Cingular to speed network with GSM move

The dominant wireless telephone technology in the world, GSM, wins another convert: No. 2 U.S. wireless carrier Cingular Wireless.

Ben Charny Staff Writer, CNET News.com
Ben Charny
covers Net telephony and the cellular industry.
Ben Charny
4 min read
The world's most popular wireless telephone technology, known as GSM, has won another convert: Cingular Wireless, America's second-largest wireless carrier.

Cingular Wireless announced Tuesday morning that it will be undergoing an estimated $3 billion renovation of its current wireless network, now a patchwork of different and competing technologies, so it can offer its customers a phone network that will be 30 times faster. The prevailing standard for the technology switch will be GSM (Global System for Mobile Communications), which is now in an estimated 70 percent of the world's wireless phone networks.

The announced plans will finally unify the network that Cingular Wireless, a joint venture of BellSouth and SBC Communications, has been using to offer 22 million customers wireless service. The network uses two different wireless technologies. About 30 percent of its network uses GSM. The balance, about 70 percent, uses a technology known as TDMA (Time Division Multiple Access).

Tuesday's announcement is another sign of the growing dominance of GSM and its possible approach as the world's primary wireless telephone standard. By most accounts, a half-billion cell phone customers, mainly in Asia and Europe, use GSM networks to make calls.

While it has all but unified European cell phone networks, GSM has been slow to make any inroads in the United States, where cell phone networks based on Qualcomm's code division multiple access, or CDMA, have dominated. GSM networks do exist, but rank a distant second.

The result in the United States has been a mishmash of networks, and additional cost to wireless customers who either have to pay additional charges when they venture to an area of the country not covered by their carrier networks, or can't use their phones at all.

The patchwork of networks in the United States has also been blamed for the slow uptake of what carriers hope will make them billions in new revenue--sending short text messages between cell phones. In Europe, billions of messages are sent each day because carriers all use the same type of network. Even though these messages cost less to send than making a one minute phone call, recent surveys show that while messaging is on the rise in the United States, its use here is lagging Europe.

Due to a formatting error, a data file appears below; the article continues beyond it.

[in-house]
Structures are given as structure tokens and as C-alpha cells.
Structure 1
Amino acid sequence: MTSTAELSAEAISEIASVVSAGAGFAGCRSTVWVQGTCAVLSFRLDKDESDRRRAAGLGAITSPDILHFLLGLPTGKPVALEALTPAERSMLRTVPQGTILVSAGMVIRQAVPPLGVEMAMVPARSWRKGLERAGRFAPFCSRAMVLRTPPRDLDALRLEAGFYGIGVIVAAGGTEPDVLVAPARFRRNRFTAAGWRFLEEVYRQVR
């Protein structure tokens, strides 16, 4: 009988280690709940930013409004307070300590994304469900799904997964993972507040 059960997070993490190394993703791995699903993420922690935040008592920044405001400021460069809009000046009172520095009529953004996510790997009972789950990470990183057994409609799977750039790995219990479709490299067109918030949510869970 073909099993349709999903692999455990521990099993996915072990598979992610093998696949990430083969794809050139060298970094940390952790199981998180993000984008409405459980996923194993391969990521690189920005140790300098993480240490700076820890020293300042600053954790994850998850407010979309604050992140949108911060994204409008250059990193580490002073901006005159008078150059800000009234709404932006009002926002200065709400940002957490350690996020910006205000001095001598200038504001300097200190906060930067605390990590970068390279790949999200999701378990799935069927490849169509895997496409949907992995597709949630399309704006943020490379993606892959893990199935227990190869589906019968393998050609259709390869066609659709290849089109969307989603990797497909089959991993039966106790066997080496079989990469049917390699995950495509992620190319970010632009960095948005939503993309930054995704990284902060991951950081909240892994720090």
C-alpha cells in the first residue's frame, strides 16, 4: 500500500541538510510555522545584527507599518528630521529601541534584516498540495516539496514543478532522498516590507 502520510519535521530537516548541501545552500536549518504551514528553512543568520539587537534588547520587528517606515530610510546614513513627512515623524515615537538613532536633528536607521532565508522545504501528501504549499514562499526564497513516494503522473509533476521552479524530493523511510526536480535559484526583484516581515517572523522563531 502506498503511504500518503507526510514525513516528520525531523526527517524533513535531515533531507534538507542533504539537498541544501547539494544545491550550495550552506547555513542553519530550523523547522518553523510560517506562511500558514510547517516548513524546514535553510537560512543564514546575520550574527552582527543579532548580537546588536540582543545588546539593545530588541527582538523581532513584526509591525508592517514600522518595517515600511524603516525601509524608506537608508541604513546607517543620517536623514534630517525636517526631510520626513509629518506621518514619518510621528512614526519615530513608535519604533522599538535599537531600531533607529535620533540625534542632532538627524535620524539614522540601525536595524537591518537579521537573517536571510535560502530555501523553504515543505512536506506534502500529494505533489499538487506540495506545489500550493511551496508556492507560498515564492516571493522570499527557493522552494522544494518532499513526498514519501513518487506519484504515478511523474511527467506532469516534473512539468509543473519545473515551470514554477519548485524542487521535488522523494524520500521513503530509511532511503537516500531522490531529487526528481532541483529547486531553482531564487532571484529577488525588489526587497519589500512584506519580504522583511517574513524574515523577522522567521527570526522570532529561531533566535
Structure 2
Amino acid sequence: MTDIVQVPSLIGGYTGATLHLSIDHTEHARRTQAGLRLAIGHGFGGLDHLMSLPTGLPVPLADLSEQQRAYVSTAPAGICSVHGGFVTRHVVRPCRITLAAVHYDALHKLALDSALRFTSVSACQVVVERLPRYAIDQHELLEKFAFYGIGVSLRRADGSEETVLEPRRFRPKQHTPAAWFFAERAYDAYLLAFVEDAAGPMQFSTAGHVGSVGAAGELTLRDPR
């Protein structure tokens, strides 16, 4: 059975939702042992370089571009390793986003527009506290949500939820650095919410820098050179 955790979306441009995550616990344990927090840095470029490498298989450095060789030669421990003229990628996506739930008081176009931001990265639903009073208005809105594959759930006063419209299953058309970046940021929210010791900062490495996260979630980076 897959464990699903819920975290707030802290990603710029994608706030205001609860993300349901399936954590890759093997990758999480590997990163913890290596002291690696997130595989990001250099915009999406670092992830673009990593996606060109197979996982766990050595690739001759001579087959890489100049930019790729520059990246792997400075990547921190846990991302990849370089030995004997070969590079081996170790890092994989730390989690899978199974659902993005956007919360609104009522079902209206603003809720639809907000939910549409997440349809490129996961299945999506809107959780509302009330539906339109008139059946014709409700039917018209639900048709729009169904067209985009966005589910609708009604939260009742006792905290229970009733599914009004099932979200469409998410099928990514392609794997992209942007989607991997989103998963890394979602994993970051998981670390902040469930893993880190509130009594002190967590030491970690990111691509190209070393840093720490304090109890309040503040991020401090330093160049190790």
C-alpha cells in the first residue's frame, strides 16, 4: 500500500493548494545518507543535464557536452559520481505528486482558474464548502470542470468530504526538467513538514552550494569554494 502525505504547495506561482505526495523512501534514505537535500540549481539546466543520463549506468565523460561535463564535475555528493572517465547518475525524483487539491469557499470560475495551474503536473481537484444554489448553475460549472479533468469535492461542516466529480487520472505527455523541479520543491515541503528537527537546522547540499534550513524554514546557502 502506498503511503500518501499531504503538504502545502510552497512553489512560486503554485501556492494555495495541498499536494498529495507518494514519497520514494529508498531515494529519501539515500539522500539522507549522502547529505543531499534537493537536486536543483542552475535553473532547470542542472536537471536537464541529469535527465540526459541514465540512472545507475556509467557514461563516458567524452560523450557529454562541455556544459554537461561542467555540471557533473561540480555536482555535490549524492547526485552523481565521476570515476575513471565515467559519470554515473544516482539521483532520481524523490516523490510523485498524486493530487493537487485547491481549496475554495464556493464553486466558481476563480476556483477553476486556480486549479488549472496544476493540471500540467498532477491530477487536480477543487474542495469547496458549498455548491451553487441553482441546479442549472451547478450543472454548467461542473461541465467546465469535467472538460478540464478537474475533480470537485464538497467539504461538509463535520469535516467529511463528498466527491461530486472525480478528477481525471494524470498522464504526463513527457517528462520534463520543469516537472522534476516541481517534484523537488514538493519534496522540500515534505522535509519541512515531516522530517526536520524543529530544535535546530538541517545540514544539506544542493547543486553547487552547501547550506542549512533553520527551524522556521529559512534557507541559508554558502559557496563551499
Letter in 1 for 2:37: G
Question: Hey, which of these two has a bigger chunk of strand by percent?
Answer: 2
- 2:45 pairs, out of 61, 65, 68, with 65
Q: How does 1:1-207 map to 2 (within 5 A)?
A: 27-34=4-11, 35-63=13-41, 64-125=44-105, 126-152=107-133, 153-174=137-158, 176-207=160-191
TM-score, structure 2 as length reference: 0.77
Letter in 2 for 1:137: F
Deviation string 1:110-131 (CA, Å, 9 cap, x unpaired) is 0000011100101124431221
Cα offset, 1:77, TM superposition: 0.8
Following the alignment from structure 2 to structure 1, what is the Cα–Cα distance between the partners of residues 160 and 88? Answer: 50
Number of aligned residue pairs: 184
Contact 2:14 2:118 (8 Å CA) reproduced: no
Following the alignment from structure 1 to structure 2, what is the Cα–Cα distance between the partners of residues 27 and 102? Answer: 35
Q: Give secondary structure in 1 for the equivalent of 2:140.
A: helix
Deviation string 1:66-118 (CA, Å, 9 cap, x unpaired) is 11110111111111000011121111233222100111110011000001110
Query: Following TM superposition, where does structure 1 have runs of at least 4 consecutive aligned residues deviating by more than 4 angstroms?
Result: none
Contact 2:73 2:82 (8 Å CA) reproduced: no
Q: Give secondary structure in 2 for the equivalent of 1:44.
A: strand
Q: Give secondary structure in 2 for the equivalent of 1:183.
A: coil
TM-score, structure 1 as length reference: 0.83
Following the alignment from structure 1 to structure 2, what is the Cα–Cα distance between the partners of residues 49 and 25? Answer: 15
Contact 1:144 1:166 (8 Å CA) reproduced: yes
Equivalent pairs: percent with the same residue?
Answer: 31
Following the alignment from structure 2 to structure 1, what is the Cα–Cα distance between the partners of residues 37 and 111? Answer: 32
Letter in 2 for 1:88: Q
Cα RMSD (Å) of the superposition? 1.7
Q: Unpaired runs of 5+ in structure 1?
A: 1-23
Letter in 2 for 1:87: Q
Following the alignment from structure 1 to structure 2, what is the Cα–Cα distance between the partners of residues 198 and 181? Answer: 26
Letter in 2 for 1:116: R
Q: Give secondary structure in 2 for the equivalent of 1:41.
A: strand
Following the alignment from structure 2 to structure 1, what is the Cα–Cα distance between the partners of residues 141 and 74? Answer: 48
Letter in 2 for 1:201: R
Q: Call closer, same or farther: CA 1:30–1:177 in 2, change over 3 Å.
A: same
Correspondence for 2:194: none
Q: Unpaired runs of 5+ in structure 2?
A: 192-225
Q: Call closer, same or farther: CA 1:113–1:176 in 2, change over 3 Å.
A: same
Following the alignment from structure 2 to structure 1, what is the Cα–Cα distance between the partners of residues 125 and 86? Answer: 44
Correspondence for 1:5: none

"With this decision, GSM will grow substantially," said J.T. Bergqvist, Nokia senior vice president. Nokia will be supplying Cingular with some of the gear needed to make the transition to GSM. "The world is really uniting around this technology."

GSM advocates say that the Cingular Wireless switch to GSM adds another 22 million into the GSM camp. And Cingular isn't alone in changing technology. Verizon Wireless, the largest carrier in the United States with 28 million subscribers, is also on the fence. It offers a CDMA network but is being pressured by its parent company, Vodafone, to switch to the GSM standard. Vodafone is among the world's largest wireless carriers and uses a GSM network.

Analysts and industry insiders say the Cingular announcement Tuesday coupled with a possible switch by Verizon could swing enough new customers into GSM-based networks to ensure it remains the dominant global standard.

"This is all about global carriers and their core technologies," said Bryan Prohm, a wireless industry analyst at market researcher Gartner. Prohm said most wireless carriers are likely to remain loyal to their existing transmission technology when upgrading to higher-speed systems in the future because of their familiarity with it.

"They are very wedded to the 'dance with who brung ya' philosophy," he said.

A Qualcomm representative would not comment. Perry LaForge, who heads the CDMA Developers Group and is a vocal supporter of CDMA technology, did not return a phone call seeking comment.

Cingular executives said Tuesday that Nokia, Siemens and Ericsson will be supplying Cingular with the hardware necessary to make the switch. Bill Clift, Cingular Wireless chief technology officer, estimates it will cost the company between $18 and $19 per customer to make the changes.

TDMA network gear comes from companies such as Lucent Technologies, which earlier this month entered into a five-year deal with Cingular to provide TDMA equipment. A Cingular spokesman, Ken Keatley, said that deal will not be affected by Tuesday's announcement.

Keatley said Cingular customers will likely not even notice the changes. Those using the TDMA portions of the network and phones that can only access a TDMA network won't likely lose any service. Cingular said Nokia, Ericsson and Siemens are developing network gear that lets handsets using either TDMA or GSM get service. Cingular also plans to continue selling TDMA handsets for the next few months.

The changeover should be completed by 2004. About half of the Cingular Wireless network will use the GSM technology by the 2002 holiday season.

The deal could be bad news for struggling Lucent Technologies, which in early October announced it had entered into a five-year deal with Cingular to provide TDMA network gear. Keatley said Tuesday's announcement will not affect that arrangement.

"It is our intention to continue that deal," he said.

The TDMA piece of the network has gotten Cingular in trouble with the Federal Communications Commission (FCC), which has asked U.S. carriers to come up with a timetable for when it will be selling wireless phones that can be located by police when they dial 911. Cingular has been in talks with the FCC's enforcement bureau after it missed a deadline to file plans to convert the TDMA network portion to the appropriate equipment.